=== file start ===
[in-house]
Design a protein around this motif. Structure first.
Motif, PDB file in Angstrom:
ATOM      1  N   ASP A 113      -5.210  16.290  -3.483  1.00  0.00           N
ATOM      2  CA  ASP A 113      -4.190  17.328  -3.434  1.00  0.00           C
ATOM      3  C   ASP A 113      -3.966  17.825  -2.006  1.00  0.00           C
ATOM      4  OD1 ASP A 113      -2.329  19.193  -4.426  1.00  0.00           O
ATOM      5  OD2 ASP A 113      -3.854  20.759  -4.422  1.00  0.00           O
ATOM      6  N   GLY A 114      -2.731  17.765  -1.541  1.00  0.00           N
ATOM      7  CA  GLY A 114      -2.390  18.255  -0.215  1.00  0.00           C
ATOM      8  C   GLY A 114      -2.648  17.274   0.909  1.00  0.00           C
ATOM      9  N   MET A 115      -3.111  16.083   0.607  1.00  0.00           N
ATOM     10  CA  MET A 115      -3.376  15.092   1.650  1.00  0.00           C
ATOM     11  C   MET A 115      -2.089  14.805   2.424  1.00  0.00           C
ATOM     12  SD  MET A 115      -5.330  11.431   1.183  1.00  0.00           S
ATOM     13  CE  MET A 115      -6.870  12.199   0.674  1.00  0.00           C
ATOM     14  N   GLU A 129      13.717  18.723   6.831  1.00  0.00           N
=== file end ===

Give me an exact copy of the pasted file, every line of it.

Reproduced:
[in-house]
Design a protein around this motif. Structure first.
Motif, PDB file in Angstrom:
ATOM      1  N   ASP A 113      -5.210  16.290  -3.483  1.00  0.00           N
ATOM      2  CA  ASP A 113      -4.190  17.328  -3.434  1.00  0.00           C
ATOM      3  C   ASP A 113      -3.966  17.825  -2.006  1.00  0.00           C
ATOM      4  OD1 ASP A 113      -2.329  19.193  -4.426  1.00  0.00           O
ATOM      5  OD2 ASP A 113      -3.854  20.759  -4.422  1.00  0.00           O
ATOM      6  N   GLY A 114      -2.731  17.765  -1.541  1.00  0.00           N
ATOM      7  CA  GLY A 114      -2.390  18.255  -0.215  1.00  0.00           C
ATOM      8  C   GLY A 114      -2.648  17.274   0.909  1.00  0.00           C
ATOM      9  N   MET A 115      -3.111  16.083   0.607  1.00  0.00           N
ATOM     10  CA  MET A 115      -3.376  15.092   1.650  1.00  0.00           C
ATOM     11  C   MET A 115      -2.089  14.805   2.424  1.00  0.00           C
ATOM     12  SD  MET A 115      -5.330  11.431   1.183  1.00  0.00           S
ATOM     13  CE  MET A 115      -6.870  12.199   0.674  1.00  0.00           C
ATOM     14  N   GLU A 129      13.717  18.723   6.831  1.00  0.00           N